So, what is the solution to the problem?  The first coat of varnish and lacquer are still difficult to sand.  A risk-free “sanding sealer” for both varnish and lacquer can be made right in your own shop by simply applying a low-solids first coat free of zinc stearate.  And, what is a “low-solids” first coat?  It is simply a coat that you have thinned 25% to 30% with the appropriate thinner, paint thinner/mineral spirits or lacquer thinner.  More thinner in a given volume of finish means lower solids.  Lower solids mean that the finish will cure or dry faster and that sanding will be easier.  You already have the thinner, so why buy a can of sanding sealer, the application of which yields nothing of benefit and can lead to big problems with your finish?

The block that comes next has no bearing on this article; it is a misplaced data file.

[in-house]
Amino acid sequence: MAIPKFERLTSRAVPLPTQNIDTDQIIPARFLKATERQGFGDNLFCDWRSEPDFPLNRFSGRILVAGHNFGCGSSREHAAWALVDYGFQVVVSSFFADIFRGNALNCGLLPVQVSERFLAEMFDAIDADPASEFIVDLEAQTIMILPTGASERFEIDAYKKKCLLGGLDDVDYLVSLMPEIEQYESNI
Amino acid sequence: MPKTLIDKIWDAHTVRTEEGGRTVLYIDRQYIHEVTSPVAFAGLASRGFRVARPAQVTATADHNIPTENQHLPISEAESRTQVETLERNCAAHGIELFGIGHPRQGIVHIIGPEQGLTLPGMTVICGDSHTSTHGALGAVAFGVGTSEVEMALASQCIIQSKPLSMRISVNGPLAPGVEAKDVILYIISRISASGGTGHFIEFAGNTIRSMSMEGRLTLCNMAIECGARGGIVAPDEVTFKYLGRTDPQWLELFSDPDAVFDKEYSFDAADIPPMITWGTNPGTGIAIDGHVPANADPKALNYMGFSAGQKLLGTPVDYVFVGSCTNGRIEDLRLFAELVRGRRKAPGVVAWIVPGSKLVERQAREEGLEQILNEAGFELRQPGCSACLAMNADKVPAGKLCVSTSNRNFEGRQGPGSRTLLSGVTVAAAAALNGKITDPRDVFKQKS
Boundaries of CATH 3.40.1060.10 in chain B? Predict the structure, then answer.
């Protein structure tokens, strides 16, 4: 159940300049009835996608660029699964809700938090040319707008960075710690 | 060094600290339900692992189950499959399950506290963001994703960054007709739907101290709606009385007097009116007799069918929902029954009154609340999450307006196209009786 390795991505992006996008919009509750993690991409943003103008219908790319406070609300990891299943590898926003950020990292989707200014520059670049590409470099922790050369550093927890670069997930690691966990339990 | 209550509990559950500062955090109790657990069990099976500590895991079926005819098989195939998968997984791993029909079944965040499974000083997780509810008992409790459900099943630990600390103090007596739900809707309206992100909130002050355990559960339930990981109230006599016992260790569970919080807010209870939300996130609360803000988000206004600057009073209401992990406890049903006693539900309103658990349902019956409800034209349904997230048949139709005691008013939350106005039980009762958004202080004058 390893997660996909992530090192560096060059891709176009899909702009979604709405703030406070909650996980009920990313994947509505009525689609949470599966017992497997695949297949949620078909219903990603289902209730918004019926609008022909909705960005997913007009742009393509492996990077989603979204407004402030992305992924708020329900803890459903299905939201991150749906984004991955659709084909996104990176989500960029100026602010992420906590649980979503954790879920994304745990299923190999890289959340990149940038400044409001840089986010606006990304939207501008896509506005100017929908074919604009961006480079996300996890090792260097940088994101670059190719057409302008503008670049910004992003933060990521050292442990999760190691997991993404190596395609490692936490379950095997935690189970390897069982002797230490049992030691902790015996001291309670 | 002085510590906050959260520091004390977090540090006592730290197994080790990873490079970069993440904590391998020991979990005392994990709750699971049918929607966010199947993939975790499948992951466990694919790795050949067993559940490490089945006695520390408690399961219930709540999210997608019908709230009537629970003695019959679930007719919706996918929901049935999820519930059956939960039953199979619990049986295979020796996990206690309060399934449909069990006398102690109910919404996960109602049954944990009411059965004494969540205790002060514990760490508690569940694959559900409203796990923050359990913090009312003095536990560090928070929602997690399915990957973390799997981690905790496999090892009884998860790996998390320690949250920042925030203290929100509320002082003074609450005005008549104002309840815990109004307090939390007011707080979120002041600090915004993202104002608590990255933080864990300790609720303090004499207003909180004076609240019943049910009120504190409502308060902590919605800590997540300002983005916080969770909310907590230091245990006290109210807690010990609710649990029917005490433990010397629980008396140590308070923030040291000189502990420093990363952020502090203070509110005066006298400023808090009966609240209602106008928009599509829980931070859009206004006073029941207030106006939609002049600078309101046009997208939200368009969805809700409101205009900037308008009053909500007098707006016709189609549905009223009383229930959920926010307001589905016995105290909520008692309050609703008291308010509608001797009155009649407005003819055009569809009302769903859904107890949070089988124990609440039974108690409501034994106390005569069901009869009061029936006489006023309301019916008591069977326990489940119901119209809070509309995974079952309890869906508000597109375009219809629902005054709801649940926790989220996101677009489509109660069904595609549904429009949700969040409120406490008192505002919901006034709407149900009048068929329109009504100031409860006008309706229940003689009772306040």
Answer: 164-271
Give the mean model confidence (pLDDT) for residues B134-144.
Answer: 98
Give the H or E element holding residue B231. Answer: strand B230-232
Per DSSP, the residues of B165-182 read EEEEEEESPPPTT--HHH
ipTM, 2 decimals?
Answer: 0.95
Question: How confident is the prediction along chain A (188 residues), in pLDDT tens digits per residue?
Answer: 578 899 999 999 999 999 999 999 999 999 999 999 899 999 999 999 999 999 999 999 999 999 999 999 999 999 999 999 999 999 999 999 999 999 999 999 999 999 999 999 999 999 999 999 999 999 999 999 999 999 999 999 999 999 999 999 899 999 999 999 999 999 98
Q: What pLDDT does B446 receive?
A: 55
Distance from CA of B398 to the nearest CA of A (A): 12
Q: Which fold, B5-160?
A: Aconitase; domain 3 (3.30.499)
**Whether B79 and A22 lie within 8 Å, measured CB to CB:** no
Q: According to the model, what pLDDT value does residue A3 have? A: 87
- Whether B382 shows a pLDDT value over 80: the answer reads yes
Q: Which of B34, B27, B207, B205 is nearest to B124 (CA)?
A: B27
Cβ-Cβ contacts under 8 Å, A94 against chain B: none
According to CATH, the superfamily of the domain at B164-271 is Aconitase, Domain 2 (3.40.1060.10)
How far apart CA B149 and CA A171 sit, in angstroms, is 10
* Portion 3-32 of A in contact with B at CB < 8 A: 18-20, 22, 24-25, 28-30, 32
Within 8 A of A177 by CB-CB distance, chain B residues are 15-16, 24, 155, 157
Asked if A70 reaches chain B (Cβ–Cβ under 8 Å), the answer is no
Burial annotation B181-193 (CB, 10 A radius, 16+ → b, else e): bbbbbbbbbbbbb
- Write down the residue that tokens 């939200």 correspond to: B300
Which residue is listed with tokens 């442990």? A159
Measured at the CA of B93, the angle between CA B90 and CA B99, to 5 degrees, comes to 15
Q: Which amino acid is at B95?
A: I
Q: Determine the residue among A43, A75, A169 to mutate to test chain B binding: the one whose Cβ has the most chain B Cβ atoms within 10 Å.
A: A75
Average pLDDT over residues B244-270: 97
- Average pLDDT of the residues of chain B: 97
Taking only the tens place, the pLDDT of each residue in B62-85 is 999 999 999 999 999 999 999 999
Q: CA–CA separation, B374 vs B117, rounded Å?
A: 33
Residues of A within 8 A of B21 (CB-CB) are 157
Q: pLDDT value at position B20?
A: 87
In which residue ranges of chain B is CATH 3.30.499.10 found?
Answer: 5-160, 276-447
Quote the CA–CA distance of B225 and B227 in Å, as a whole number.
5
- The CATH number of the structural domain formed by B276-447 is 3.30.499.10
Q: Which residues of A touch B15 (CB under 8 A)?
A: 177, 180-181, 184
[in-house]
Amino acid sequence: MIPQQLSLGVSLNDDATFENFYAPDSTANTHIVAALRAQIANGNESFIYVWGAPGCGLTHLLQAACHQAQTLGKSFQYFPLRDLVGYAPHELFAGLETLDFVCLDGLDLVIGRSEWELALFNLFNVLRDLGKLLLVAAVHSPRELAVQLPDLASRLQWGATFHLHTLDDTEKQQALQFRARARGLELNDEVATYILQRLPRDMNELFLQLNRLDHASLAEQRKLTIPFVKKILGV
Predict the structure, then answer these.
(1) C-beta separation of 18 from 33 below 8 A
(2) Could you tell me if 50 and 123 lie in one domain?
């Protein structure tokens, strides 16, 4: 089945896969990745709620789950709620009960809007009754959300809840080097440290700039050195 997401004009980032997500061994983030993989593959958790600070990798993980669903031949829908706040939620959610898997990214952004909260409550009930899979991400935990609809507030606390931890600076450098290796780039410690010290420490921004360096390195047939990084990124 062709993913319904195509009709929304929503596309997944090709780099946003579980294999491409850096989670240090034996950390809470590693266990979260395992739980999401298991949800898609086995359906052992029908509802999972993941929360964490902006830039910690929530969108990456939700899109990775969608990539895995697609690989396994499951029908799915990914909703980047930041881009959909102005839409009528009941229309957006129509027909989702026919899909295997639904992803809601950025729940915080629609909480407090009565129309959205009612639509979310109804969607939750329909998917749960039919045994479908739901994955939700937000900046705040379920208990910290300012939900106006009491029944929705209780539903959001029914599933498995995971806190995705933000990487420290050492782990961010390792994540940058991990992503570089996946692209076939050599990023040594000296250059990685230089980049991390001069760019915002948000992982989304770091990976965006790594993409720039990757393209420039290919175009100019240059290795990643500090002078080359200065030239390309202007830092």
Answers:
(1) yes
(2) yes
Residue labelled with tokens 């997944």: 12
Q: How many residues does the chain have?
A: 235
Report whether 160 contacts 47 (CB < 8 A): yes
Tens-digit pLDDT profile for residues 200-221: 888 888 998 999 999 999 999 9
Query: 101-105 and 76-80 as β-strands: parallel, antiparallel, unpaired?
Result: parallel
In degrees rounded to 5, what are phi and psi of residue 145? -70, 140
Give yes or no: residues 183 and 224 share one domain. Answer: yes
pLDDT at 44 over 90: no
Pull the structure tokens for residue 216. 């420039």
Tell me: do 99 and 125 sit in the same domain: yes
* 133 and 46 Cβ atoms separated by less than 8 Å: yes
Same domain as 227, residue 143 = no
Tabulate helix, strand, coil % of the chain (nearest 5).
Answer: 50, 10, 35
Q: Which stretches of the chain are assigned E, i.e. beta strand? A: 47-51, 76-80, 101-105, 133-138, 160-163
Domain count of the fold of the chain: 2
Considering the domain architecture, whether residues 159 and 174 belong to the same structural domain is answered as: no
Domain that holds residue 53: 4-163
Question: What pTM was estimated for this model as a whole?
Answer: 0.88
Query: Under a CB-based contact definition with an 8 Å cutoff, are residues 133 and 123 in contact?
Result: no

A second and arguable better alternative would be a coat of shellac mixed in a one-pound cut.  The fast drying properties of shellac are well known.  Perhaps not as well understood is the superior moisture excluding property of shellac.  Unlike sanding sealers that contain zinc stearate and function as a moisture magnet, shellac beneath your topcoat will actually improve the moisture resistance of your finish.  I prefer shellac freshly mixed from flakes because freshly mixed shellac offers superior moisture resistance and I can control the color from super blonde to garnet for even greater versatility.  But, Zinsser SealCoat thinned 50/50 with denatured alcohol will also work well.